Stability analysis of tunnel keyblock: A case study

I. M. Lee, J. K. Park

Research output: Contribution to journalArticlepeer-review

27 Citations (Scopus)


The probabilistic block theory which was suggested by Hatzor and Goodman (1992) was applied to an telecommunication tunnel by taking into consideration the individual joints obtained from face mapping during tunnel construction. Using the actual unrolled joint trace that was developed in the Banpo telecommunication tunnel during tunnelling, a statistical analysis of observed discontinuity data was performed. The deterministic analysis and probabilistic keyblock concept were applied and their results were compared with the observed failure modes. The result obtained from the deterministic analysis resulted in a large difference compared with the observed failure pattern; the analysis method which considers the joint combination probability gave more similar results to the observed data than the deterministic analysis. Furthermore, individual keyblock analysis was performed by means of the newly developed program. While the positions of the keyblocks were predicted properly by the individual keyblock analysis, the predicted sizes of the keyblocks were found to be different from the observed data. It was acknowledged from the individual keyblock analysis that most keyblocks are composed of steeply inclined joints in the crown or in the side wall of a tunnel. But, in the fault-zone, any method based upon the block theory could not predict the failure pattern properly. It can be concluded that the continuous careful investigations of geological conditions were very important in tunnelling through a rock mass that experiences mainly structure-induced failures.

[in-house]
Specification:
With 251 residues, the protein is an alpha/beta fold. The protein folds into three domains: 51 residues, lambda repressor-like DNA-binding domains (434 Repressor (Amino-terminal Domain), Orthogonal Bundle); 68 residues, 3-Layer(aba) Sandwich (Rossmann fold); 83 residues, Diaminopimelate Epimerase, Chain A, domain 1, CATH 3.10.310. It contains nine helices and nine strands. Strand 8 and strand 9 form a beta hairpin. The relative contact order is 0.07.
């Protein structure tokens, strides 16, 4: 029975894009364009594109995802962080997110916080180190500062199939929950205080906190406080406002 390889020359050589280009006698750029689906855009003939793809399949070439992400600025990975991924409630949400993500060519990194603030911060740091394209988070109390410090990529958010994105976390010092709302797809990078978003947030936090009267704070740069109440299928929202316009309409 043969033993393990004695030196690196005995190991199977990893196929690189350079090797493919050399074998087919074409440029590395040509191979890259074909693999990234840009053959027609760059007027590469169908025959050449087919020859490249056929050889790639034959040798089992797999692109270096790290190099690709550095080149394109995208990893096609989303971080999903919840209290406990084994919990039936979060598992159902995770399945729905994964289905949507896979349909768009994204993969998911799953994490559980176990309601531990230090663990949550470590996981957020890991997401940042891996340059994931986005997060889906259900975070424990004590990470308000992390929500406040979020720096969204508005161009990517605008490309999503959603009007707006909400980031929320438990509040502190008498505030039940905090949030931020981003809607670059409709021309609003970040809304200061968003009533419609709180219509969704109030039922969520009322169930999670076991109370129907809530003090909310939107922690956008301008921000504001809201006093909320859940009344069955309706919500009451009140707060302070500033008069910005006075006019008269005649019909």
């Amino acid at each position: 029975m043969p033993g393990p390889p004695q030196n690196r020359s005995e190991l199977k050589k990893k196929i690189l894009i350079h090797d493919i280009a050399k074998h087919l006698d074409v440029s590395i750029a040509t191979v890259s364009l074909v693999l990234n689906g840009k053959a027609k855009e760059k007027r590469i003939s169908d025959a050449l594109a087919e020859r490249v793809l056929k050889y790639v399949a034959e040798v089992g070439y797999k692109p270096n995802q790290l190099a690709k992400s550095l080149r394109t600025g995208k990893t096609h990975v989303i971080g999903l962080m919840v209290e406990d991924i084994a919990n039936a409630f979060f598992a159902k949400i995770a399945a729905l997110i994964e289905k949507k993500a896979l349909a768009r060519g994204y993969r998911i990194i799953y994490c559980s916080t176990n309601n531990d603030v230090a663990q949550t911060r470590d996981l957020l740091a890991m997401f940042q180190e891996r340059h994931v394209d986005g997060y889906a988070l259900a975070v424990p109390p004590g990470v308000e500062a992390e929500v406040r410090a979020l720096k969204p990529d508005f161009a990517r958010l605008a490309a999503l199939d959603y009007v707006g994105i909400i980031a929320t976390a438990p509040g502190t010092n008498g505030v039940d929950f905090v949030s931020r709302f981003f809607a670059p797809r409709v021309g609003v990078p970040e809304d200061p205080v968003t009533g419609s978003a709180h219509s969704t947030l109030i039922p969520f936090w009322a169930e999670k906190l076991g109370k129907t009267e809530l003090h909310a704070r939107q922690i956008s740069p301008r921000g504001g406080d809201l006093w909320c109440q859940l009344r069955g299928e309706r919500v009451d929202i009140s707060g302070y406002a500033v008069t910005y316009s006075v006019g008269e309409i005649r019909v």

Original languageEnglish
Pages (from-to)453-462
Number of pages10
JournalTunnelling and Underground Space Technology
Issue number4
Publication statusPublished - 2000 Oct


  • Block theory
  • Deterministic analysis
  • Individual keyblock analysis
  • Statistical analysis
  • Unrolled joint trace
  • probabilistic keyblock concept

ASJC Scopus subject areas

  • Building and Construction
  • Geotechnical Engineering and Engineering Geology


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